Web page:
Intel Rumored To Be Readying New Kaby Lake Core i7 And i5 Chips, Aggressive Pricing To Fend Off AMD Ryzen

In about a month from now, AMD will release its Ryzen processor lineup, which could be as many as 17 processors spanning quad-core, six-core, and eight-core SKUs. If things go to plan, Ryzen will return AMD to its glory days as a competitor in the enthusiast market. The question is, how will Intel respond? One strategy the Santa Clara chipmaker might employ is to try and steal some of AMD's thunder by striking first with new Kaby Lake processors.

Our crystal ball is undergoing maintenance at the moment, but in its place are a bunch of rumors and supposedly leaked information. What some of them point to is AMD pricing its Ryzen chips lower than competitive CPUs from Intel. In doing so, Ryzen wouldn't necessarily have to win every benchmark, it would just have to be competitive to win the bang-for-buck battle.

Kaby Lake

Intel's retort is to flesh out is Kaby Lake line to make it more difficult for AMD to undercut the company on price, or at least make it difficult to do so across the board. It also wants to retain the performance crown. Citing an un-named source, a French-language website says Intel will sample several new quad-core Kaby Lake processors, two of which it has details on. One is the Core i7-7740K and the other is the Core i5-7640K.

The Core i7-7740K is said to have 8MB of L3 cache, along with a base frequency of 4.3GHz, which is 100MHz faster than the Core i7-7700K. It is not known what the Turbo frequency will be, though a reasonable assumption is 4.6GHz. Those faster speeds will be accompanied by a higher TDP—over 100W, compared to 91W for the Core i7-7700K.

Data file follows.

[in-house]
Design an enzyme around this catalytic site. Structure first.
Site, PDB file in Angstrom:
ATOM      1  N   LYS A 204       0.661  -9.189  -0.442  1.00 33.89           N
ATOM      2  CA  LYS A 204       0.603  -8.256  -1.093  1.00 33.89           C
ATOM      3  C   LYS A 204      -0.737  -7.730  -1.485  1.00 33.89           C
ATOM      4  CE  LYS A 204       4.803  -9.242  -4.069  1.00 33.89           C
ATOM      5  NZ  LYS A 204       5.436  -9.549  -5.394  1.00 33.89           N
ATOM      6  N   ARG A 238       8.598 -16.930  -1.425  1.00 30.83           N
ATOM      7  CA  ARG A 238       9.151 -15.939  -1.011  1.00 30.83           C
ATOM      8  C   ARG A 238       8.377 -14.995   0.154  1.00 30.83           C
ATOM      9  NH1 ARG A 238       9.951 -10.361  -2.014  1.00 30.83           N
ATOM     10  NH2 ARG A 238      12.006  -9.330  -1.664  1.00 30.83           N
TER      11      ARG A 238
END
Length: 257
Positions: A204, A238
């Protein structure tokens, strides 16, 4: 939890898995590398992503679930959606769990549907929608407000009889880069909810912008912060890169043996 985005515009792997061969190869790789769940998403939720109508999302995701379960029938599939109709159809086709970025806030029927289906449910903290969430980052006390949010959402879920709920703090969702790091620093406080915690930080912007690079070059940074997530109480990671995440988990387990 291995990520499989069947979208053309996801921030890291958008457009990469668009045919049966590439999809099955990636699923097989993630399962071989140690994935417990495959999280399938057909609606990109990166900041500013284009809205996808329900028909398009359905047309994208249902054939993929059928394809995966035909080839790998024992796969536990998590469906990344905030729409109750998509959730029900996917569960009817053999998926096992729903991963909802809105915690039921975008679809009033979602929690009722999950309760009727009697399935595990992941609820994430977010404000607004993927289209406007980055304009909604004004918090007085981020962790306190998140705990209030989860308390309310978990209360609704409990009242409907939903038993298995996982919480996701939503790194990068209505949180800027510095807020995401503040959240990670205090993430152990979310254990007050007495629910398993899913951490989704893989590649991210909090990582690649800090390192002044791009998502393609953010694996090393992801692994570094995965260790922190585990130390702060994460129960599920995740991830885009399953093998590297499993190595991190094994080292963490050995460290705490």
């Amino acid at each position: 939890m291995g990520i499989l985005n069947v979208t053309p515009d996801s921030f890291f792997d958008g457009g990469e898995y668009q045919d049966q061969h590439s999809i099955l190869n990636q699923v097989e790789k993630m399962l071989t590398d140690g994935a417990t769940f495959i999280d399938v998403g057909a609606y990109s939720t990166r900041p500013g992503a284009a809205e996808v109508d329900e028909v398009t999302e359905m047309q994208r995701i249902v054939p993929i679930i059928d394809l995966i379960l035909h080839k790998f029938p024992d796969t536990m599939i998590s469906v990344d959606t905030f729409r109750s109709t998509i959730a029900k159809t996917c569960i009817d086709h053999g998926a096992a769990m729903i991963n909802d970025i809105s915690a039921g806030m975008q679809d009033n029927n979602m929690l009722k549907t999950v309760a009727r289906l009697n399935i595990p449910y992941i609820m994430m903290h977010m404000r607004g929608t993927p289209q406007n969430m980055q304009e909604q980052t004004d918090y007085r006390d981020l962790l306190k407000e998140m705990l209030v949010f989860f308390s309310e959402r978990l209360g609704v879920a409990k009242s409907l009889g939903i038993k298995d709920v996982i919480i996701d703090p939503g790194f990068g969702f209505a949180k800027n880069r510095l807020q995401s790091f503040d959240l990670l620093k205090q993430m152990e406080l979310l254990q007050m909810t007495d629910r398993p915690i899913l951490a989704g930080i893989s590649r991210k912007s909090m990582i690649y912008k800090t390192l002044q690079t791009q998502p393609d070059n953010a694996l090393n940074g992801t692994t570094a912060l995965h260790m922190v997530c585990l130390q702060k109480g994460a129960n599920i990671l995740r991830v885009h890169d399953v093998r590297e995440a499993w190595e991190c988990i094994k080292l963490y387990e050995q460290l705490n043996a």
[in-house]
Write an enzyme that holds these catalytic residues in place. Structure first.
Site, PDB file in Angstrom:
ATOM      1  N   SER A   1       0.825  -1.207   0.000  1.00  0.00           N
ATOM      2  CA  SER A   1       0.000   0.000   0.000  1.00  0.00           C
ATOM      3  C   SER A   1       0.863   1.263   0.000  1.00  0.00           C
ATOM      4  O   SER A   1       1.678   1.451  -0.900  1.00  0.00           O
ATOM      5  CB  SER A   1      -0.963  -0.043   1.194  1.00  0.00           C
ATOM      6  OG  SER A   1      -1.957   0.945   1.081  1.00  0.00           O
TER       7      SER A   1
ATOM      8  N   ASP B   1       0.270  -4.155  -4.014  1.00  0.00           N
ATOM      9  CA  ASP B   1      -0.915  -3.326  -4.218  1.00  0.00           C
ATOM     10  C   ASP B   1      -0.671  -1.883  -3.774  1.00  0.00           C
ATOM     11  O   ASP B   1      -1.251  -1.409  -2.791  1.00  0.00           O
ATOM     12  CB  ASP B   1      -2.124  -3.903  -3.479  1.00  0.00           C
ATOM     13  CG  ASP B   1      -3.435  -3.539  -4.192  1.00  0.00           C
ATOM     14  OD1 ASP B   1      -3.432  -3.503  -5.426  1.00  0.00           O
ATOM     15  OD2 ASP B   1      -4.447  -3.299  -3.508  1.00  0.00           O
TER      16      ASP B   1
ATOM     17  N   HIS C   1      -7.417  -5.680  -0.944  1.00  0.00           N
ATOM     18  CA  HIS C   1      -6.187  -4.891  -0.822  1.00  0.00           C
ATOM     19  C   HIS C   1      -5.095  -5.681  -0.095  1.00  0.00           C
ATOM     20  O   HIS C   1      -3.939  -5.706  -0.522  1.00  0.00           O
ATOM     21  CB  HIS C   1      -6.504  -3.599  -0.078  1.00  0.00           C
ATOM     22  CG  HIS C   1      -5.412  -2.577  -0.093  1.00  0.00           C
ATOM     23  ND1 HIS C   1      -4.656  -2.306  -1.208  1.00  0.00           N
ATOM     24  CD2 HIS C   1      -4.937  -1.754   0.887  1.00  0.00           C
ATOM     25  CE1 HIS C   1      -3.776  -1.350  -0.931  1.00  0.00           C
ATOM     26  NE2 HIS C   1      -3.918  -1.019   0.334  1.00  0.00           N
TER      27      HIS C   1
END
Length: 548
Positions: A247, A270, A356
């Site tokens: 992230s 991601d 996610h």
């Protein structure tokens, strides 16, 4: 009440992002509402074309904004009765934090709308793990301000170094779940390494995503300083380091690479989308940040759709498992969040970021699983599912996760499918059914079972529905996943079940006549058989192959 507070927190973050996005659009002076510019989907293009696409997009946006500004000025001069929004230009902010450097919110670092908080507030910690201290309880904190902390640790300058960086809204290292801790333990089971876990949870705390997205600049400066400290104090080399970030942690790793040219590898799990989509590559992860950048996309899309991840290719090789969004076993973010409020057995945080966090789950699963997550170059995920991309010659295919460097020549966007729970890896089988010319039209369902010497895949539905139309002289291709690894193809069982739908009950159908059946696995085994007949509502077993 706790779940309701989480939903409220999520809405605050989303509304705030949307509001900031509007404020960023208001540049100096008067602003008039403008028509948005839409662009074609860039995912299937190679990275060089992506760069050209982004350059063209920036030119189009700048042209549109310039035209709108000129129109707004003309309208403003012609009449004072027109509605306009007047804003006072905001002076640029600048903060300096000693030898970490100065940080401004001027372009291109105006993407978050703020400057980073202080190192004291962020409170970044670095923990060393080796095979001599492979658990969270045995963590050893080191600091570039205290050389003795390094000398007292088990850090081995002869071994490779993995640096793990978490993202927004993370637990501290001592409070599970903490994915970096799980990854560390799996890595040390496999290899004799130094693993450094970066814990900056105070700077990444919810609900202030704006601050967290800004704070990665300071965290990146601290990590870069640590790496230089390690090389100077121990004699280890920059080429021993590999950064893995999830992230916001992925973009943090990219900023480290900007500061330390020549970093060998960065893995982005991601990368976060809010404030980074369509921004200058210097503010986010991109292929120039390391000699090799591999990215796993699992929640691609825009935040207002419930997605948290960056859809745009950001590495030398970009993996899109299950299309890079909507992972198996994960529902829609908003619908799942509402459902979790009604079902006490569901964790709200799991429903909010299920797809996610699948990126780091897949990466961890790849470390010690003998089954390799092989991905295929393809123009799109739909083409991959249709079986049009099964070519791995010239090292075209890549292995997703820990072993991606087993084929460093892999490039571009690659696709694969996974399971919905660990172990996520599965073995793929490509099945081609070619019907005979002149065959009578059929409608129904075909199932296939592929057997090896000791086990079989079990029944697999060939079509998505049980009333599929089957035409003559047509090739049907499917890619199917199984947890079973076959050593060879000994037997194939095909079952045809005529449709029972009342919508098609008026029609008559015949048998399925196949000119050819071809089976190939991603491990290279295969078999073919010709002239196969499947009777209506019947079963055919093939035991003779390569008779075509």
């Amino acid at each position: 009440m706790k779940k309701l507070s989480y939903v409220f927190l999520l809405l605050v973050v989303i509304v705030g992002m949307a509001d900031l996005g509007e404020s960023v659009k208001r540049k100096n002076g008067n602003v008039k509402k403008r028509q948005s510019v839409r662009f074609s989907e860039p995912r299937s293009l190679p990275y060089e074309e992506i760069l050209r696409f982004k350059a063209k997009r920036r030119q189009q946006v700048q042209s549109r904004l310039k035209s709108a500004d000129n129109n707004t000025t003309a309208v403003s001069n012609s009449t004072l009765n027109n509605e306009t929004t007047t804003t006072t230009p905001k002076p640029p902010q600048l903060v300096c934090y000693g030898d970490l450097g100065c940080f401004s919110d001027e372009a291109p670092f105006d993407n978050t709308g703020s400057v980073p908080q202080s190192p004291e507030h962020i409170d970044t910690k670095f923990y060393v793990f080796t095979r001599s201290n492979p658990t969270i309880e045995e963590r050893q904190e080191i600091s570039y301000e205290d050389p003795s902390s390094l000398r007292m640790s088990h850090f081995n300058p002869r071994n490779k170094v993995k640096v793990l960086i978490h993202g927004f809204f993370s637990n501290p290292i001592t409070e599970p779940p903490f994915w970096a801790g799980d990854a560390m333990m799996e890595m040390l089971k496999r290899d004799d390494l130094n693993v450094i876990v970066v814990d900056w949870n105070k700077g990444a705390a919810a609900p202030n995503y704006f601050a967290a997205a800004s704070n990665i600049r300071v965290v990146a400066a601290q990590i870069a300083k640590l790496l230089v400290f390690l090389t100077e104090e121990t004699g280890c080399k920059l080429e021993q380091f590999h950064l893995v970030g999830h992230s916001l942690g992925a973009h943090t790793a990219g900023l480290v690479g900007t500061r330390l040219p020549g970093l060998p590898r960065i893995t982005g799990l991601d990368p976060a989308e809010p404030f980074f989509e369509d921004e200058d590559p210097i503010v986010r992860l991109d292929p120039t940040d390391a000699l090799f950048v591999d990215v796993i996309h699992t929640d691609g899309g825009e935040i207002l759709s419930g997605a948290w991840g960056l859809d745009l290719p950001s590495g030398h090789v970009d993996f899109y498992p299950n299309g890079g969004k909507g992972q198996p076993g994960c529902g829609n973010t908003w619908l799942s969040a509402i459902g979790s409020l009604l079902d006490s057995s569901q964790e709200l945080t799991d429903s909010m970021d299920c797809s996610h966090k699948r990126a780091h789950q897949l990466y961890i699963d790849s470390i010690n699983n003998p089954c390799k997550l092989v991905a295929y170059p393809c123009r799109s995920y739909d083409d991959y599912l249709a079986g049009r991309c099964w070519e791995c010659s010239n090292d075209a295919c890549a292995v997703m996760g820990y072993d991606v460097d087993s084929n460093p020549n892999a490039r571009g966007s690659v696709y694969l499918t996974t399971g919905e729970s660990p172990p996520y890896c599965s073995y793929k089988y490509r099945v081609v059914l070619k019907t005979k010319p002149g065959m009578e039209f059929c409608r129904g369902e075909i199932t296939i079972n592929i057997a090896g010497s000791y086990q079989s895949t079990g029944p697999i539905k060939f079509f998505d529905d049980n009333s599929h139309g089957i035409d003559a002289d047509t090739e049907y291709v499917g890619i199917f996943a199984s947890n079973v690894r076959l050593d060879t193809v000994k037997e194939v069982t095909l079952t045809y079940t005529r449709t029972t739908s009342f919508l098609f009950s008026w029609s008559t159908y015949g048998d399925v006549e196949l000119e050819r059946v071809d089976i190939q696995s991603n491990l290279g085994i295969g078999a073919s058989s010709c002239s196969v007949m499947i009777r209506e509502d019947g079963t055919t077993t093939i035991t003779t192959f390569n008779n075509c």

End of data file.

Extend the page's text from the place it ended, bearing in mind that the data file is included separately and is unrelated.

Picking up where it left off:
Settling a little lower on the totem pole will be the Core i5-7640K. This quad-core part will feature 6MB of L3 cache and have a base frequency of 4GHz, up 200MHz compared to the Core i5-7600K. It will also have a higher TDP at over 100W, though what really makes this chip interesting is the supposed inclusion of Hyper Threading. That would give it eight threads to throw at tasks, and would also make this the first Core i5 desktop part to feature Hyper Threading.

Our knee-jerk reaction would be to dismiss the rumor as highly unlikely, except for one thing: Intel has already broken tradition by adding support for Hyper Threading to Kaby Lake Pentium chips, whereas previously this was a distinguishing feature between Pentium and Core i3 CPUs.

This could all be much ado about nothing, though if it proves true, then it would seem that Intel is perhaps more worried about Ryzen than it's letting on.